So what kind of person thinks that a pro-choice advocacy message is 'unsavory'? What kind of word choice is that? It's a good question, and goes right to the heart of this problem.
I wrote about Verizon policy chief Tom Tauke's lack of ethics last year in October, when he wrote that Verizon would use any means necessary to accomplish their deregulatory goal. Howie Klein noted something significant. Tauke was a right-wing anti-choice Congressman from Iowa until 1990, when NARAL spent $100,000 to successfully defeat him as he tried to jump to the Senate.
In one of the National Journal stories (July 23, 1990) Tauke is quoted saying "When NARAL comes into the state, I'm not going to sit back and take it." Apparently he hasn't moved on.
Tauke has given hundreds of thousands to in political contributions, mostly to Republicans. Why in the world should someone who considers abortion 'unsavory' have the right to censor political speech? That's the heart of the problem. I don't know for a fact that Tauke is engaging in political retribution against the group that cost him his crack at the Senate and his political career, or that this is a way of furthering his political agenda.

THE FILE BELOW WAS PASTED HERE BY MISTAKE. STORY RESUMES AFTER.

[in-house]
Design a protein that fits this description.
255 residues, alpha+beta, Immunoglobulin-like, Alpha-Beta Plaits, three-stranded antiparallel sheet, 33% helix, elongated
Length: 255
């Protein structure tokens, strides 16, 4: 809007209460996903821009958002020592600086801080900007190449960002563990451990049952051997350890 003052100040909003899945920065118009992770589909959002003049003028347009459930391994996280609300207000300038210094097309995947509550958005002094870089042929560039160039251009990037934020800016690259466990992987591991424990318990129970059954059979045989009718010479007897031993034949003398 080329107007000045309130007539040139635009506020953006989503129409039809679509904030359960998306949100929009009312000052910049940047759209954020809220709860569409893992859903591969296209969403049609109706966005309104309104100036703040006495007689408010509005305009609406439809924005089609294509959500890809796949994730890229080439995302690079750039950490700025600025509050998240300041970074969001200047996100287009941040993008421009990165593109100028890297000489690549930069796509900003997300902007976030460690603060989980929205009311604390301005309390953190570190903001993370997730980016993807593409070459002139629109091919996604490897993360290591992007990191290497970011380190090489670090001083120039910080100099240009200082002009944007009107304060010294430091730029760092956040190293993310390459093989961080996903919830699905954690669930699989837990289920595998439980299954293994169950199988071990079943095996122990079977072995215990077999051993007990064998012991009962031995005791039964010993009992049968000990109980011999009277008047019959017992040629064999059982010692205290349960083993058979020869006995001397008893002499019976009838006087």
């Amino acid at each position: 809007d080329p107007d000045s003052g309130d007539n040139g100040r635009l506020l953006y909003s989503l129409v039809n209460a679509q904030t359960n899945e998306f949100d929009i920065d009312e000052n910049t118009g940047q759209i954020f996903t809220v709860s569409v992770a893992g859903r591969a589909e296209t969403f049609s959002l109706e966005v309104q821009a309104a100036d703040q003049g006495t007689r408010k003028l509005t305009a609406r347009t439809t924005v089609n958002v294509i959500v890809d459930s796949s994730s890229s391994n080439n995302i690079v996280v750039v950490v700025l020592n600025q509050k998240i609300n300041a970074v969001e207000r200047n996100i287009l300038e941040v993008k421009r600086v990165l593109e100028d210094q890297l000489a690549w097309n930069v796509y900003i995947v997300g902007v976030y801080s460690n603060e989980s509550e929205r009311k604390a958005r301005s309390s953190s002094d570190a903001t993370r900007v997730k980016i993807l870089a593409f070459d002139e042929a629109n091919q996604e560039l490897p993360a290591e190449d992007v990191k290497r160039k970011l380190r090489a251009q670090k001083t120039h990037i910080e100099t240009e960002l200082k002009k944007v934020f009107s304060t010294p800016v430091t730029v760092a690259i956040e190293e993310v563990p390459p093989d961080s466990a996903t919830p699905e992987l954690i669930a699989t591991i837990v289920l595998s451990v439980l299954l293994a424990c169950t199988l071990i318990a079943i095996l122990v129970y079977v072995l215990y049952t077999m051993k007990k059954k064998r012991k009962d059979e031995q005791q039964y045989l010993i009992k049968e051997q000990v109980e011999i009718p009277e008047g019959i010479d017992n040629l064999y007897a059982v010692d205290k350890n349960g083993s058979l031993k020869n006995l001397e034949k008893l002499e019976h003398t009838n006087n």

But we need the consumer protections on our communications channels anyway, so that we don't have to worry about someone like Tauke having the ability to engage in retribution against his political opponents.